Monday, May 4, 2009

A point to ponder when it all seems like too much

This is an excerpt from Henry Miller's essay "The Immorality of Morality", which is published in the collection Stand Still Like the Hummingbird. It's meant a lot to me...

It sounds like defeatism to say to the young of our day: "Do not rebel! Do not make victims of yourselves!" What I mean, in saying this, is that one should not fight a losing battle. The system is destroying itself; the dead are burying the dead. Why expend one's energy fighting something which is already tottering? Neither would I urge one to run away from the danger zone. The danger is everywhere; there are no safe and secure places in which to start a new life. Stay where you are and make what life you can among the impending ruins. Do not put one thing above another in importance. Do only what has to be done -- immediately. Whether the wave is ascending or desending, the ocean is always there. You are a fish in the ocean of time, you are a constant in an ocean of change, you are nothing and everything at one and the same time. Was the dinner good? Was the grass green? Did the water slake your thirst? Are the stars still in the heavens? Does the sun still shine? Can you talk, walk, sing, play? Are you still breathing?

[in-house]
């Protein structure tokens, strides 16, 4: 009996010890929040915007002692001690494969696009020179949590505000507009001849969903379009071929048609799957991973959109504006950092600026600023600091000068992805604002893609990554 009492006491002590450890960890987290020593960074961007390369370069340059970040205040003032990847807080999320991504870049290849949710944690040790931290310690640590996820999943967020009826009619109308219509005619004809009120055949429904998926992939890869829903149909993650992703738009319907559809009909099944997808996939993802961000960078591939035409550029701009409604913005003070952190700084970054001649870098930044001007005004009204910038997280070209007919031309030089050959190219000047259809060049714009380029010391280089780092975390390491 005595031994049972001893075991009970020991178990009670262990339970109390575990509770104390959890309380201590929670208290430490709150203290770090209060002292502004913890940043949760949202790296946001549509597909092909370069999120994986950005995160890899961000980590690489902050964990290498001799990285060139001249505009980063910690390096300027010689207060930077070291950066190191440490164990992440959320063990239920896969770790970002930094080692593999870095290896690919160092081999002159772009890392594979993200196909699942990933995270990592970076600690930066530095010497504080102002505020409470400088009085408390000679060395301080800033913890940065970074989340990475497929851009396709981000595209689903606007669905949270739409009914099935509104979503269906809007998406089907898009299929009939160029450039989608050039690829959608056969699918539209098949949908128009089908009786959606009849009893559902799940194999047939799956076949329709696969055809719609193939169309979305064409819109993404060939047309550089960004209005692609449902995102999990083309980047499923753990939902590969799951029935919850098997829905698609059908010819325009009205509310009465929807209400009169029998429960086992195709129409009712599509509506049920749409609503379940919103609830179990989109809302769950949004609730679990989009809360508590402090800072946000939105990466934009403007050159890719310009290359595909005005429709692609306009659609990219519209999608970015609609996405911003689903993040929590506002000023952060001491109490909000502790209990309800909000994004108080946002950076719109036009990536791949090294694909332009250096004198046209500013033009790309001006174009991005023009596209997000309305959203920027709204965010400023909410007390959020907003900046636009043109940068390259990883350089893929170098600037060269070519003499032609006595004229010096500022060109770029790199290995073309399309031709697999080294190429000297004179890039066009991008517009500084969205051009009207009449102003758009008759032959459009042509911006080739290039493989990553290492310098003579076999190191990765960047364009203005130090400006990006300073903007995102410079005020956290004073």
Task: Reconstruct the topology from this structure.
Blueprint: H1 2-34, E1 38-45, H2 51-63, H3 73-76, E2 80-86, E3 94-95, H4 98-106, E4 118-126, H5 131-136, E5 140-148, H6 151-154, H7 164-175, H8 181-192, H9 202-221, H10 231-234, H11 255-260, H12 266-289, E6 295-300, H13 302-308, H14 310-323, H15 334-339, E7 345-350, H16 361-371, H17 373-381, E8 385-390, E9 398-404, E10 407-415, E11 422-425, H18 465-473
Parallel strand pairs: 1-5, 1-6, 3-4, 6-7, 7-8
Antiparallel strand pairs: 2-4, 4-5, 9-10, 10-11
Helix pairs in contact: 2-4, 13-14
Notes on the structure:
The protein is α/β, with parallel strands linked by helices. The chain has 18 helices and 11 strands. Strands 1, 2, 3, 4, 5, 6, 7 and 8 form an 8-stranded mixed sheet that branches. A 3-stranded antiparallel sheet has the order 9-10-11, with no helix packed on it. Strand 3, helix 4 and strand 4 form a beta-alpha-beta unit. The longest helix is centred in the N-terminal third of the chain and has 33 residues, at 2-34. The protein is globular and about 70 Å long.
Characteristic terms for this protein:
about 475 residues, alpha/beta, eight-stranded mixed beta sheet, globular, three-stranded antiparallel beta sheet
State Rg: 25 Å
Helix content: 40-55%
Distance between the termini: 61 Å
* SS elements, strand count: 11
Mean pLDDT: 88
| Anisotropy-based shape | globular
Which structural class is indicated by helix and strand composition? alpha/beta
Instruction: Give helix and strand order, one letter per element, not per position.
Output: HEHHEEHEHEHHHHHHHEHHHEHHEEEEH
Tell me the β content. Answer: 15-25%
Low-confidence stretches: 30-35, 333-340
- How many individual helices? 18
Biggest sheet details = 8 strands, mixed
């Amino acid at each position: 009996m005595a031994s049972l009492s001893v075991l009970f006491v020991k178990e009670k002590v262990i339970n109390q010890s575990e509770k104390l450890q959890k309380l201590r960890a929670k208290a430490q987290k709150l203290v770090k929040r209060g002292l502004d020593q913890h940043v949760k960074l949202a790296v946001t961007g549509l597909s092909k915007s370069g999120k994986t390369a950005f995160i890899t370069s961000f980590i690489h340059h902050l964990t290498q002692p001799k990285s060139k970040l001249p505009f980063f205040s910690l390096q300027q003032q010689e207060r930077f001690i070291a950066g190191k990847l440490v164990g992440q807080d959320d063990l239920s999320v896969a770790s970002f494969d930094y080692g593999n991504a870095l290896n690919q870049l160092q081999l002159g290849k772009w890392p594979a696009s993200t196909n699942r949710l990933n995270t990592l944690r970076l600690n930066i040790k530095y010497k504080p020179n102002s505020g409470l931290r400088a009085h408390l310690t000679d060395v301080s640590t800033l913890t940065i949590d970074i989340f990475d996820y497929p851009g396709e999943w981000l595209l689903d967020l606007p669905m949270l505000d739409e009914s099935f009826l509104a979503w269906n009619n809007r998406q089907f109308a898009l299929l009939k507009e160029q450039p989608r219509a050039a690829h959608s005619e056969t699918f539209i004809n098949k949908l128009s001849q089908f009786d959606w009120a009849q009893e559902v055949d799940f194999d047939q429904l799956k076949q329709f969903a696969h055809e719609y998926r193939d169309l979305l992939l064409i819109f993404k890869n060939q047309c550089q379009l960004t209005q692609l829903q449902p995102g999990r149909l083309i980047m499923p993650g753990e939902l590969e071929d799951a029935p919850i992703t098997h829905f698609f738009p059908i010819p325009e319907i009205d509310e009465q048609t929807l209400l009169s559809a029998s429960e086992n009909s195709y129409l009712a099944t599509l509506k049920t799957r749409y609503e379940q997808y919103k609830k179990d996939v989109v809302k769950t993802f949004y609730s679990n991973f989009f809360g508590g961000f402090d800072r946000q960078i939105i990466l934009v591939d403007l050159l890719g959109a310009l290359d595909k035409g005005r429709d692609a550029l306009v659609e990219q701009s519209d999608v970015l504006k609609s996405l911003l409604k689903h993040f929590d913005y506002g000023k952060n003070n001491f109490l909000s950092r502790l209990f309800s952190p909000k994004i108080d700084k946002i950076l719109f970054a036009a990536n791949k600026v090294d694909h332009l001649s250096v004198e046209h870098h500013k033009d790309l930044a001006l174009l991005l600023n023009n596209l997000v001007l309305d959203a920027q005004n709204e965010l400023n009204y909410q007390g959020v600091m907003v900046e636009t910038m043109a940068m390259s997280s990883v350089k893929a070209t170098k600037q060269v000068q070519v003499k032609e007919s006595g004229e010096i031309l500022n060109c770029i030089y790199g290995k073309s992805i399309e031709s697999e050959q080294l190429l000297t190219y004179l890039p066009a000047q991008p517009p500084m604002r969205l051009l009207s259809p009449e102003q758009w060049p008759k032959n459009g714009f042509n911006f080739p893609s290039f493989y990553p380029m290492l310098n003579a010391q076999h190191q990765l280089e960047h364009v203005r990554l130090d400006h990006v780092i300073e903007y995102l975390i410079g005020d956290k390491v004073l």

With every breath we draw we are utilizing forces that are absolutely mysterious as well as all powerful. We are swimming in a sea of forces which demand only to be utilized and enjoyed. The problems which beset us are human problems, problems largely of our own making. The great problems remain untouched: we have not the vision as yet to recognize them. But in accepting our everyday problems, accepting them gladly and unreservedly, we may make ourselves fit to cope with the greater ones to come. The mathematician is not appalled by the problems which face him in his work, neither is the surgeon, nor anyone who engages seriously in whatever pursuit. Why then should man, as a species, be terrified of the problems which beset him? Why should he deny the monster which he has created with his own hands? If he has spawned a monster, let him devour his own monster!

This essay is wonderful enough that the whole of it should be consumed, multiple times, but I can only write so much... or I am lazy.

1 comment:

Sergio said...

Love this essay!
Henry Miller is great!